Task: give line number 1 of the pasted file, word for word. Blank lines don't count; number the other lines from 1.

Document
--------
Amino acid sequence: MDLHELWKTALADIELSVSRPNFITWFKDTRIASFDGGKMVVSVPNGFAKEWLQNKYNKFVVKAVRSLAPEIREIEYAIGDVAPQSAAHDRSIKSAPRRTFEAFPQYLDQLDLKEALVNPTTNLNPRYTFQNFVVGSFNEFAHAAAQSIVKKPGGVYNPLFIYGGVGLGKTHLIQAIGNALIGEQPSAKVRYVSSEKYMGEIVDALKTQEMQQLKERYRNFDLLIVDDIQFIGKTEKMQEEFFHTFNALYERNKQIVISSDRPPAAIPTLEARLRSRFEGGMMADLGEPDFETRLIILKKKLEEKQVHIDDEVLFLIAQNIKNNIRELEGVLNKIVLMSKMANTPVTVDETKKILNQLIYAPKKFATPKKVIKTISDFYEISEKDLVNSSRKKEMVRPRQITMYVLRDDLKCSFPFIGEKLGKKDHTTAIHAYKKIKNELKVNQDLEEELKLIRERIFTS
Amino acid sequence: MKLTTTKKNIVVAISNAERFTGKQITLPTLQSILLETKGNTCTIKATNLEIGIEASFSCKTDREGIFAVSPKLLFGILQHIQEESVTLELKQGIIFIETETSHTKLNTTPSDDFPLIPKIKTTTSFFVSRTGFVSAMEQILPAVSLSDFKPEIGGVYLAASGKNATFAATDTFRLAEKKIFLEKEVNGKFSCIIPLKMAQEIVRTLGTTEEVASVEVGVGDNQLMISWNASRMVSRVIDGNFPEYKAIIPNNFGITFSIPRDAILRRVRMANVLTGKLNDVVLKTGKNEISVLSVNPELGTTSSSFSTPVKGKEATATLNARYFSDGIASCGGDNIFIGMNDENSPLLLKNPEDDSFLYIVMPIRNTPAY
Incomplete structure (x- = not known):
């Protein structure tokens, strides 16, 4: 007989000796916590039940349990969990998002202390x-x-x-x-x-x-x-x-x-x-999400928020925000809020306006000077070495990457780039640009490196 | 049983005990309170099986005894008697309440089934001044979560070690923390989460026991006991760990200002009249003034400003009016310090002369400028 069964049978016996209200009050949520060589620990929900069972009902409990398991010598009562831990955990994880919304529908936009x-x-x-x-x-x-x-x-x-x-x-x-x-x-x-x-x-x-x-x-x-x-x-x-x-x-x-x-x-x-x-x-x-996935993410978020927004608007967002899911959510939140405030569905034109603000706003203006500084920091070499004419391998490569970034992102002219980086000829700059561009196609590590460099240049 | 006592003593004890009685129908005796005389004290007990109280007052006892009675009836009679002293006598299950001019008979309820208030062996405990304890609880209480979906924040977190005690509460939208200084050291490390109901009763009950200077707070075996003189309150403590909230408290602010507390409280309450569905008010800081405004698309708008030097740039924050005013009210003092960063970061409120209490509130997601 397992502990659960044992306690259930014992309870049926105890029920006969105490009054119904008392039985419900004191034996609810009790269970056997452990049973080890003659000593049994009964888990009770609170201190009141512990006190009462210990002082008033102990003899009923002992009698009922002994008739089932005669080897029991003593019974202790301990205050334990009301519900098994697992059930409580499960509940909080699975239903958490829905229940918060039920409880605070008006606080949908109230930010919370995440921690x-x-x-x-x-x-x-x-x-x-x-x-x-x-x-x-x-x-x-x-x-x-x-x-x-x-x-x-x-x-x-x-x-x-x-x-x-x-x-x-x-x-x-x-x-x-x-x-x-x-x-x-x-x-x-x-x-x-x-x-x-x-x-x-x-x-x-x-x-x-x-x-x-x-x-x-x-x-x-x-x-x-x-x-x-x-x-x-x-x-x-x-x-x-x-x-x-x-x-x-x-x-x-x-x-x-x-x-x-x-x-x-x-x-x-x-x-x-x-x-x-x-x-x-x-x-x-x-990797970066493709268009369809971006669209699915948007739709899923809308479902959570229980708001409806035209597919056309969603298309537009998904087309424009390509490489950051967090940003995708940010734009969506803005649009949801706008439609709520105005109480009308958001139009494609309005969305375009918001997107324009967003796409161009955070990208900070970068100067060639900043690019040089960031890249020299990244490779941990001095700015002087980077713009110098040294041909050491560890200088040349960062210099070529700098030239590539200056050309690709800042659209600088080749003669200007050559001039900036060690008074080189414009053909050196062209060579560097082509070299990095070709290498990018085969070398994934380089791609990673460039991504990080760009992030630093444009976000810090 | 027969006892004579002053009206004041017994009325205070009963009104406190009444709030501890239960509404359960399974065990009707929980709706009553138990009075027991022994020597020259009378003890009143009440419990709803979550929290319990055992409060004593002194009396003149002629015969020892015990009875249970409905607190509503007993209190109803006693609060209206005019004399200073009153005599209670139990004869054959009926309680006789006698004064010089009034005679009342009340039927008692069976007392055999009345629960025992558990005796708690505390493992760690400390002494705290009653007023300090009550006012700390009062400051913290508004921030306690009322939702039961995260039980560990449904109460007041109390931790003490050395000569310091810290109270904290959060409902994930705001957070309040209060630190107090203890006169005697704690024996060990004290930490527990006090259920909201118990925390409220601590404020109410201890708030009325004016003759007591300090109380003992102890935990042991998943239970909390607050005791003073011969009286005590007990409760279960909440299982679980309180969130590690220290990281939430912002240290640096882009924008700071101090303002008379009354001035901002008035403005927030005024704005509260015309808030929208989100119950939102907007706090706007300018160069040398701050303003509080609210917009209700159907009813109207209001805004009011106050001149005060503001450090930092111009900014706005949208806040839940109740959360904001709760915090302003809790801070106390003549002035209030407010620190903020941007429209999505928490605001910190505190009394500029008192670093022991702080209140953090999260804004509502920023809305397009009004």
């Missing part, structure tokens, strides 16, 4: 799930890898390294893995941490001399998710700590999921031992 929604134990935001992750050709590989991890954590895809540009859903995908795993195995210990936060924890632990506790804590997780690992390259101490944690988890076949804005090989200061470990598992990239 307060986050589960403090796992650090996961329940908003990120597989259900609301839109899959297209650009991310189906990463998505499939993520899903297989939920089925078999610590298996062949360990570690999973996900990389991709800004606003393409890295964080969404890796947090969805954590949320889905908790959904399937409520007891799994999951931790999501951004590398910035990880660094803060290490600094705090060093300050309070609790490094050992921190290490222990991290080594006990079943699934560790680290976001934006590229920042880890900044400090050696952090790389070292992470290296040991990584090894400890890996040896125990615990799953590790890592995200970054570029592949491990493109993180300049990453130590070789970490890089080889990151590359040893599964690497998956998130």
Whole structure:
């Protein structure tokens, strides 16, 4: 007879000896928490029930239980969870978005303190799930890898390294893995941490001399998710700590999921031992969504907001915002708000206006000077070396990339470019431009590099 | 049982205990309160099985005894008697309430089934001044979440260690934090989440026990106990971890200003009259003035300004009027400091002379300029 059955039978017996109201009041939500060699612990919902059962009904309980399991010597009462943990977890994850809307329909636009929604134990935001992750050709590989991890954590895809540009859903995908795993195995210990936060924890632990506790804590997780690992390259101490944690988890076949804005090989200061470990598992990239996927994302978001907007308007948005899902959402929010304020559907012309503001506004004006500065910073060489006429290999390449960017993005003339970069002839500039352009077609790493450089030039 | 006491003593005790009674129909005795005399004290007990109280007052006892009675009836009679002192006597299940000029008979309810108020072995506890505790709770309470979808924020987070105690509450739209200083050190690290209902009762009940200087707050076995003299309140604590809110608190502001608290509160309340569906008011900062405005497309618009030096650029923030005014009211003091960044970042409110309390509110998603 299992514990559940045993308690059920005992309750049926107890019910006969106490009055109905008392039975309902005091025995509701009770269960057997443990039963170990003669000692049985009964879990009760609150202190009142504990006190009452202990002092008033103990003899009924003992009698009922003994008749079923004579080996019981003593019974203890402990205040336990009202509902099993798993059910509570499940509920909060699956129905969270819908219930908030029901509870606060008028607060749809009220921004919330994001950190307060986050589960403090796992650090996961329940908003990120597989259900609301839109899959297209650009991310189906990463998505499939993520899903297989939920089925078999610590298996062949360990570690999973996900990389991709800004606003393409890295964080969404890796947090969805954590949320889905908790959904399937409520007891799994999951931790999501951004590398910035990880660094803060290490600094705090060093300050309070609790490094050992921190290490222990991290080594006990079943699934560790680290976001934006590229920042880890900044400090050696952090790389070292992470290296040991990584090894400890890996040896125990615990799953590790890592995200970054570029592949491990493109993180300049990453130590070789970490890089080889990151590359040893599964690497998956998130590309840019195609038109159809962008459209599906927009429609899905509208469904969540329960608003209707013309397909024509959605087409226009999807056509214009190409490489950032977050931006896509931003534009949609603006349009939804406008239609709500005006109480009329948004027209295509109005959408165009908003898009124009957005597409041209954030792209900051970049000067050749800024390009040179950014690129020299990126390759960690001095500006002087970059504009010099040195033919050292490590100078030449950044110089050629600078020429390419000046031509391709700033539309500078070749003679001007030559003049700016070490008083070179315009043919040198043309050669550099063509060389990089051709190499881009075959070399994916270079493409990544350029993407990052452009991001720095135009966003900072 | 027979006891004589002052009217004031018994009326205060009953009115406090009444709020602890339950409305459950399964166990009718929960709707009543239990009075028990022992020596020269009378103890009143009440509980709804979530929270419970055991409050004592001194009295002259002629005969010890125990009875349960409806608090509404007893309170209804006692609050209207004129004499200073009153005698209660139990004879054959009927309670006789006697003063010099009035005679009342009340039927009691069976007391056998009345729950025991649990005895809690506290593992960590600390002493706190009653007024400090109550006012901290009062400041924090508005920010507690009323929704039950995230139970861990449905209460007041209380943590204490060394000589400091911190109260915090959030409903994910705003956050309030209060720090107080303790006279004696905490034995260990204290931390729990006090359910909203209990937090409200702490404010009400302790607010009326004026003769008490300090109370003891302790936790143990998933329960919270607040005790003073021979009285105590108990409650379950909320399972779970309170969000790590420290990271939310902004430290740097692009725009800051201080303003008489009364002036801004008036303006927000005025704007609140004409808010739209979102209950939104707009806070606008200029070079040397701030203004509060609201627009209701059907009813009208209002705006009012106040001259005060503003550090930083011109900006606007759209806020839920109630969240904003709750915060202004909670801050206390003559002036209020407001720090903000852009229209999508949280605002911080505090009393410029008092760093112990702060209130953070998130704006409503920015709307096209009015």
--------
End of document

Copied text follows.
Amino acid sequence: MDLHELWKTALADIELSVSRPNFITWFKDTRIASFDGGKMVVSVPNGFAKEWLQNKYNKFVVKAVRSLAPEIREIEYAIGDVAPQSAAHDRSIKSAPRRTFEAFPQYLDQLDLKEALVNPTTNLNPRYTFQNFVVGSFNEFAHAAAQSIVKKPGGVYNPLFIYGGVGLGKTHLIQAIGNALIGEQPSAKVRYVSSEKYMGEIVDALKTQEMQQLKERYRNFDLLIVDDIQFIGKTEKMQEEFFHTFNALYERNKQIVISSDRPPAAIPTLEARLRSRFEGGMMADLGEPDFETRLIILKKKLEEKQVHIDDEVLFLIAQNIKNNIRELEGVLNKIVLMSKMANTPVTVDETKKILNQLIYAPKKFATPKKVIKTISDFYEISEKDLVNSSRKKEMVRPRQITMYVLRDDLKCSFPFIGEKLGKKDHTTAIHAYKKIKNELKVNQDLEEELKLIRERIFTS